The electron transfer chains associated with chloroplasts and mitochondria are the main sources of ROS generation. However, this view has changed and the oxidative metabolism of peroxisomes is now seen as a very important source of ROS under different stress conditions (del Río et al. 2006, 2009). In peroxisomes purified from pea leaves, a Cd-dependent increase in the H2O2 concentration was observed, mainly as a result of the activation of glycolate oxidase, a key enzyme in the photorespiration cycle (Romero-Puertas et al. 1999) . In pea leaves, it has been demonstrated through the use of a cytochemical approach that Cd-dependent H2O2 production occurs in peroxisomes, in the outer mitochondrial membrane, and mainly in the plasma membrane, where the NADPH oxidase (NOX) is the main source of ROS (Romero-Puertas et al. 2004). In peroxisomes, H2 O2 was located in close contact with other organelles, which suggests possible cross-talk with other cell compartments (Romero-Puertas et al. 2004). In mitochondria, the Cd-dependent H2 O2 produced could be because of increased O2- production at the complex III site of the electron transport chain, as reported in animals treated with Cd (Wang et al. 2004) and also suggested for soybean roots (Heyno et al. 2008). H2O2 was also observed in the tonoplast from bundle sheet cells and plasma membrane from epidermal and transfer cells (Romero-Puertas et al. 2004) . Cd-dependent superoxide radical accumulation was demonstrated in the tonoplast from bundle sheet cells and plasma membrane from mesophyll cells, although the source has not been identified (Romero-Puertas et al. 2004). Accumulation of both H2O2 and O2-was also observed in vascular tissues from Cd-treated pea plants using confocal laser microscopy, electron microscopy, and cytochemistry (Romero-Puertas et al. 2004; Rodríguez-Serrano et al. 2006, 2009). This ROS accumulation is associated with lignifications processes which are highly active in vascular tissue under physiological conditions and are also induced in response to metal toxicity (Schützendübel et al. 2001; Rodríguez-Serrano et al. 2009). Results using different inhibitors and modulators of signal transduction demonstrated that the earliest control point in ROS production induced by Cd is at the level of protein phosphorylation/dephos-phorylation. A comparative transcriptomic study using different metals and sodium chloride in Arabidopsis thaliana showed that Cd specifically induced genes coding kinases (Zhao et al. 2009), which demonstrates the importance of these processes in regulating cell response to Cd. Calcium ions are also important in the regulation of ROS production induced by Cd, and cGMP is also involved in this process, probably as result of a transient increase in Ca2+ concentration (Romero-Puertas et al. 2004) .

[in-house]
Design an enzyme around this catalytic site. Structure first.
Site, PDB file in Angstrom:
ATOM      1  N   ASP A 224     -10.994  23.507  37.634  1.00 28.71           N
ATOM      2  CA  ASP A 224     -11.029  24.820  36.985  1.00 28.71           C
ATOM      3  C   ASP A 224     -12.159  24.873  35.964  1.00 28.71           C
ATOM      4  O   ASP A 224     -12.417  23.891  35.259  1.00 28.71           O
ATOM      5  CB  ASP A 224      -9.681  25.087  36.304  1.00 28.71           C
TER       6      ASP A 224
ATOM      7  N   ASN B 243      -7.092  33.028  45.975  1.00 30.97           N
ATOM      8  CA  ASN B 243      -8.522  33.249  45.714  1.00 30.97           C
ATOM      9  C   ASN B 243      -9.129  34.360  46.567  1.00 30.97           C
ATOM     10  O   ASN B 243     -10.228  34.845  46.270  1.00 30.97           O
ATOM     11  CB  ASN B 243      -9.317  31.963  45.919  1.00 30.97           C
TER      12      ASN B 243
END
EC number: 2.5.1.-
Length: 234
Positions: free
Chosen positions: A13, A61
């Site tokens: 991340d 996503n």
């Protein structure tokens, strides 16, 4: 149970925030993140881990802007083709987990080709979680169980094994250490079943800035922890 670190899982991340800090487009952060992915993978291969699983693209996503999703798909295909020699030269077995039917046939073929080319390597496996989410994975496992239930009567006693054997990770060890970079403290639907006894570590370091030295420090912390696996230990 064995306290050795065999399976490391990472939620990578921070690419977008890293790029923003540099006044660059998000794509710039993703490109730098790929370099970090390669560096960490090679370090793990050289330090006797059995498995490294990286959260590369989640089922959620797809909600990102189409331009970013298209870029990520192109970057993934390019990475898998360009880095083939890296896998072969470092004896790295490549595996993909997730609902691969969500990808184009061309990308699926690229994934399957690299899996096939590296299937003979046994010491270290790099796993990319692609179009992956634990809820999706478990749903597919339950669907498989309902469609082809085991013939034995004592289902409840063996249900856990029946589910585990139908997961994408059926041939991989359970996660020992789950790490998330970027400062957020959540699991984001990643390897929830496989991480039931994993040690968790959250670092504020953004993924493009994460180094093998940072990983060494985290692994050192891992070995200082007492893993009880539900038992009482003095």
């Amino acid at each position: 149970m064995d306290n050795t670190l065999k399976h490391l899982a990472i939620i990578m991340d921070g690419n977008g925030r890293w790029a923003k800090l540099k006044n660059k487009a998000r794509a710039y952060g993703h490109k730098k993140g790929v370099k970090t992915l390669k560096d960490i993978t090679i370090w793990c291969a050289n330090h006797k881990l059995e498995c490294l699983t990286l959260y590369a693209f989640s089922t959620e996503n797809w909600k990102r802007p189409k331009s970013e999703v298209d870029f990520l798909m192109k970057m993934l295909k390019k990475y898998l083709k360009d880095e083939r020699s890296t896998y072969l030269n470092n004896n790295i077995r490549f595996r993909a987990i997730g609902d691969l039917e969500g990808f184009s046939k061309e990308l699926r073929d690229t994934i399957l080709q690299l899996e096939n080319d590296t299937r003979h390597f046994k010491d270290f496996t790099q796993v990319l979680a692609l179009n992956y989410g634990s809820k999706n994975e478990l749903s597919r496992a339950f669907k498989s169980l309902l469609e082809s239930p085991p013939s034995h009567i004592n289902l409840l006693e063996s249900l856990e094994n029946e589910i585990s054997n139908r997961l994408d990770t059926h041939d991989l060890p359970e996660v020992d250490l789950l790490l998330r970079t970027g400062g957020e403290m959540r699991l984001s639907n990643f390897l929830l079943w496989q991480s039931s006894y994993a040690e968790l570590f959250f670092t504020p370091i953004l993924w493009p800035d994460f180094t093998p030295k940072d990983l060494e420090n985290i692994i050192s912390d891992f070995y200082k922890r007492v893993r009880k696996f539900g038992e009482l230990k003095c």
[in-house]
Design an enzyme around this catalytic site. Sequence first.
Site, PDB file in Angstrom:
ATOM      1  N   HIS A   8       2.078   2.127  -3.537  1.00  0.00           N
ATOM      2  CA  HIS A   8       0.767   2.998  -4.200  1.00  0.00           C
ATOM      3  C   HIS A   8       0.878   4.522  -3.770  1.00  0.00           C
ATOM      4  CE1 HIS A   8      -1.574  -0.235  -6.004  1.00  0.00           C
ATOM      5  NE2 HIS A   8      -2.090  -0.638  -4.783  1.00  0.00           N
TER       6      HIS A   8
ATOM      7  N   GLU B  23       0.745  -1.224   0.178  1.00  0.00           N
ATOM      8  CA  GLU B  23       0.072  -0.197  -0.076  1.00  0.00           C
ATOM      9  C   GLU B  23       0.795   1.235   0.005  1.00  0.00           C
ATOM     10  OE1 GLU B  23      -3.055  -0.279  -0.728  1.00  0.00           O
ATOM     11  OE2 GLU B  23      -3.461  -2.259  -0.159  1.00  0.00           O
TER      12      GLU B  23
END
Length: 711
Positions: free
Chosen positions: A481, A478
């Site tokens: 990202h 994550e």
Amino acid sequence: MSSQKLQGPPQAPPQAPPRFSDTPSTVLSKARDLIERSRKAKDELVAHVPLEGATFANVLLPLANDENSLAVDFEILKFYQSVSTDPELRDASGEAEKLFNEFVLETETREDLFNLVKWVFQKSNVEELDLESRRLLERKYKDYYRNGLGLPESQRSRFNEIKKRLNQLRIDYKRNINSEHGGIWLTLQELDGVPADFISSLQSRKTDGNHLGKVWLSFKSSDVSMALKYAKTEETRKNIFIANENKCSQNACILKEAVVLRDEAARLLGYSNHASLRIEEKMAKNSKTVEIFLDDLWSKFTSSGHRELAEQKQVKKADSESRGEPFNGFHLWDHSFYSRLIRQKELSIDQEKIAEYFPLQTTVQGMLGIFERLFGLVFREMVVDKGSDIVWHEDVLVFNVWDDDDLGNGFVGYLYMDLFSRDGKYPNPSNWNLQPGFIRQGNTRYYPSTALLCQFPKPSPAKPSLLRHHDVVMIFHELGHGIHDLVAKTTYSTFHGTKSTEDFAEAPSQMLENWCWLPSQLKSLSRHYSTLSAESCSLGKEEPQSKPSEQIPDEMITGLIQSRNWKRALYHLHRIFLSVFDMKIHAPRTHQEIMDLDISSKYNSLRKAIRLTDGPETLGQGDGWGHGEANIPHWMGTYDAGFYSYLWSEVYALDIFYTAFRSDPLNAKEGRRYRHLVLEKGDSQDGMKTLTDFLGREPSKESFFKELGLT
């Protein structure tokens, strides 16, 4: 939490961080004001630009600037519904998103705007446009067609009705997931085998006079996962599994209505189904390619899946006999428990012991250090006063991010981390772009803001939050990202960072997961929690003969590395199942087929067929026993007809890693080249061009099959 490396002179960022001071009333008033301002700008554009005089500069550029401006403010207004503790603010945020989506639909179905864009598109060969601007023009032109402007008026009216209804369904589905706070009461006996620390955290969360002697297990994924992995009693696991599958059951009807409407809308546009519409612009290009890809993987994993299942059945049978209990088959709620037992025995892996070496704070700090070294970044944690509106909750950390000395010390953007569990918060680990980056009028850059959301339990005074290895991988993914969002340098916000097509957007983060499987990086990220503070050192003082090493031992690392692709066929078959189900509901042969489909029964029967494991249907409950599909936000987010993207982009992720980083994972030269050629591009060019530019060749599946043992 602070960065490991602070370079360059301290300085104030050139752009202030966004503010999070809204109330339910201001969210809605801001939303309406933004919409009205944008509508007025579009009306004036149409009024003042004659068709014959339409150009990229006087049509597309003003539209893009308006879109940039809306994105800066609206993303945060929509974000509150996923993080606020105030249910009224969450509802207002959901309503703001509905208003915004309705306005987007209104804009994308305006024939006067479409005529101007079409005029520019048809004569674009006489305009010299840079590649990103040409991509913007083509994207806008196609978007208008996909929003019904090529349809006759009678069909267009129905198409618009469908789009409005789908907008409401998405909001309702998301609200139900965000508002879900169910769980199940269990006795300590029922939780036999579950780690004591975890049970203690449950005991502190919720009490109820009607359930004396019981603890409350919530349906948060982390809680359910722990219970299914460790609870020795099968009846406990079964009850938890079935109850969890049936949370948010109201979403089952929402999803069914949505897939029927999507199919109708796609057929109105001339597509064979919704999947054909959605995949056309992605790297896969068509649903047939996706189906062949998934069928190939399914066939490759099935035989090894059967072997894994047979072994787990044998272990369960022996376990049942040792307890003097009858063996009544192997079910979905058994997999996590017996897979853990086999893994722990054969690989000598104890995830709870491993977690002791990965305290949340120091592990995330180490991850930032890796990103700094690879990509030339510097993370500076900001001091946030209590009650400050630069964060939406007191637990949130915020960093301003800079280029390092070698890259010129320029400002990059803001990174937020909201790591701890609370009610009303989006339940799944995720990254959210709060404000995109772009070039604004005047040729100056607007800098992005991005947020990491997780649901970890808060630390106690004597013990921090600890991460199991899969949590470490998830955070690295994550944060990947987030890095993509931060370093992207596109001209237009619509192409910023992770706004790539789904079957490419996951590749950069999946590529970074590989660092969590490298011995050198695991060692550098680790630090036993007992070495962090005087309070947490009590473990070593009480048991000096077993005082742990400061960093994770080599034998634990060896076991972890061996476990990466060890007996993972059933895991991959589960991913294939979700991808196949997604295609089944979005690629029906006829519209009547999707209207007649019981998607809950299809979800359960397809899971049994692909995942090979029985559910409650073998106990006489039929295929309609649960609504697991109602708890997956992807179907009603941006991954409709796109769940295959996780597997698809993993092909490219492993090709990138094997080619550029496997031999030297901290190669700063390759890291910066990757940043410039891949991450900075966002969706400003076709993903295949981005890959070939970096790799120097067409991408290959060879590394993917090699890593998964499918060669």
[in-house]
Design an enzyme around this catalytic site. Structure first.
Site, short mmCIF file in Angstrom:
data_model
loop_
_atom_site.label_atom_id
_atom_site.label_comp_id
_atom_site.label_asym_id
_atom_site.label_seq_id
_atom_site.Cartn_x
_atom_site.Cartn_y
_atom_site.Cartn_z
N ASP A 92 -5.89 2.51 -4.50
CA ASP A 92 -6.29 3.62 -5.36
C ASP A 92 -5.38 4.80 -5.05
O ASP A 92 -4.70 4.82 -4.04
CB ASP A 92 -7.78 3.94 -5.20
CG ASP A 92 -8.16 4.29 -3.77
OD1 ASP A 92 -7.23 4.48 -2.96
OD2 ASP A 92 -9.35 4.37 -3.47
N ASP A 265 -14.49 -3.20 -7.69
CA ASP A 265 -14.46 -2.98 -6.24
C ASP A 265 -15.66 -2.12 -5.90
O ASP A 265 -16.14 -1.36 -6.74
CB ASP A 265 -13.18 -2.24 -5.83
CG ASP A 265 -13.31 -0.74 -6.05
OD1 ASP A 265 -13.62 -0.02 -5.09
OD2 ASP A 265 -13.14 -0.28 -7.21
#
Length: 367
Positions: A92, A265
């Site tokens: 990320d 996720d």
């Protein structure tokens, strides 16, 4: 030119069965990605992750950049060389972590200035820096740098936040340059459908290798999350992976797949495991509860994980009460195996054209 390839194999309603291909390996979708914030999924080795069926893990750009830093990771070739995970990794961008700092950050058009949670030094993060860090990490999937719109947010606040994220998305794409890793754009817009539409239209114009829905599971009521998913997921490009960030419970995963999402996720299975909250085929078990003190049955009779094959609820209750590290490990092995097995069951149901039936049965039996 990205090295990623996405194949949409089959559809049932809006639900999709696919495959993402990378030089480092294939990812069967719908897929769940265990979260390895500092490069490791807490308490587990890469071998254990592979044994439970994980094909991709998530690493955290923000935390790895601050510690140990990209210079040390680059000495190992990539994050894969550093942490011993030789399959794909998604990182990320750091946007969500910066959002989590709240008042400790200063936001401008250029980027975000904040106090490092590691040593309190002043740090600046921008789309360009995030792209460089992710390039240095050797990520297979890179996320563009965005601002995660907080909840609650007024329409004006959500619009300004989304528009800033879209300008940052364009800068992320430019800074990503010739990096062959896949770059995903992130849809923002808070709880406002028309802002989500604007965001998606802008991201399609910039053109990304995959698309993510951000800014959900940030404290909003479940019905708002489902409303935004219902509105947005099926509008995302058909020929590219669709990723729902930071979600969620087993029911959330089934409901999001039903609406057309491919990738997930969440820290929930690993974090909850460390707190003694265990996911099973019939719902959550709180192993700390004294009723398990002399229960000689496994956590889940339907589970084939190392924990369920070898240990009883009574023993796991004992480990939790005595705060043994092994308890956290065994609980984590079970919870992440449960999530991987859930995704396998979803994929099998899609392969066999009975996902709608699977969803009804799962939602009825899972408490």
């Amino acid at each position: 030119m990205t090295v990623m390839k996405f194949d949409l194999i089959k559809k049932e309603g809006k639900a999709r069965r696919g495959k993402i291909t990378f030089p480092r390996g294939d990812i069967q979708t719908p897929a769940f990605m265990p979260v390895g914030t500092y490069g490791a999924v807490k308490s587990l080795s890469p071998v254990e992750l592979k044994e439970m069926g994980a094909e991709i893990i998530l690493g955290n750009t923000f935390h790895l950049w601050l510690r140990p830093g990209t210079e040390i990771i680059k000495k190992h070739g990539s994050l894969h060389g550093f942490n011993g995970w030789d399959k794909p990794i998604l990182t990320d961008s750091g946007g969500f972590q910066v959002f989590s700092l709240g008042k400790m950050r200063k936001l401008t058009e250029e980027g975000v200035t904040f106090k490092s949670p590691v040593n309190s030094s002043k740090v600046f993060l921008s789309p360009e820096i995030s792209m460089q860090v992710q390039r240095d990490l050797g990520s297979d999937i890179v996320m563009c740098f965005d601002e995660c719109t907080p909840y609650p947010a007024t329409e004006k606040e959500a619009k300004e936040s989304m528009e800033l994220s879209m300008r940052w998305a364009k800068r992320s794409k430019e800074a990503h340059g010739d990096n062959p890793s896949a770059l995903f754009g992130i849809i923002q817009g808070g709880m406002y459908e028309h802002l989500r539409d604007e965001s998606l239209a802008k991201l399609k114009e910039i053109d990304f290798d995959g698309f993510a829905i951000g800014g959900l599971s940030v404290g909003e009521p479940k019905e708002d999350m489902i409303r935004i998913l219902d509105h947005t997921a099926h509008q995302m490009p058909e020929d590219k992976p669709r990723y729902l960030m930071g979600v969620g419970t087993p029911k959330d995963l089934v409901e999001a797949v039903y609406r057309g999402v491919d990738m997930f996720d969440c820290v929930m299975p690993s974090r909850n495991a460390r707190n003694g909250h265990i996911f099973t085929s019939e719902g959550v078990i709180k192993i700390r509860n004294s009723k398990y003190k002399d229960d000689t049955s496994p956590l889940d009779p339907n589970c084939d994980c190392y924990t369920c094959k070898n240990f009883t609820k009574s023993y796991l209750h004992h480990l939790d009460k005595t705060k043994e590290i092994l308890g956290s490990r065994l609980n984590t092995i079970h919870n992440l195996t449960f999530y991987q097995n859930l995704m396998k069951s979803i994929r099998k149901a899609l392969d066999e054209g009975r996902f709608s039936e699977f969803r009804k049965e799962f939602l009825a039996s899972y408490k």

NOXs are located in the plasma membrane and catalyze the production of O2-, which can be converted into H2O2, spontaneously or in the reaction catalyzed by SOD. Ten genes encoding NOXs in Arabidopsis have been described and are termed respiratory burst oxidase homologs A-J (rbohA-J) given their homology with the catalytic subunit gp91 phox (Nox2) of the NOX complex of mammalian phagocytes (Torres and Dangl 2005). The role of NOX as the main source of ROS under Cd stress has also been demonstrated in tobacco cell cultures (Olmos et al. 2003; Garnier et al. 2006; Horemans et al. 2007) and alfalfa roots (Ortega-Villasante et al. 2005) . In Arabidopsis plants, the analysis of transcript levels of different NOXs shows a transient increase in the expression of rbohF in response to Cd, while the expression of rbohC and rbohD remained unchanged (Horemans et al. 2007) . However, the contribution of NOXs to cadmium-induced ROS production is a subject of debate (Heyno et al. 2008). In tobacco cell cultures, Cd induced cell death, which was preceded by three successive waves of ROS production. The first wave was because of an NOX followed by an accumulation of O2- and fatty acid hydroperoxides (Garnier et al. 2006) . Before the first oxidative burst induced by Cd, a rapid and transient induction of cytosolic Ca2+ concentration takes place, which requires protein phosphorylation and IP3-mediated release of calcium from internal stores (Garnier et al. 2006). Downstream, protein phospho-rylation, calmodulin, and Ca2+ may directly regulate NtrbohD activity (Garnier et al. 2006) . The disturbances caused by Cd in the mitochondrial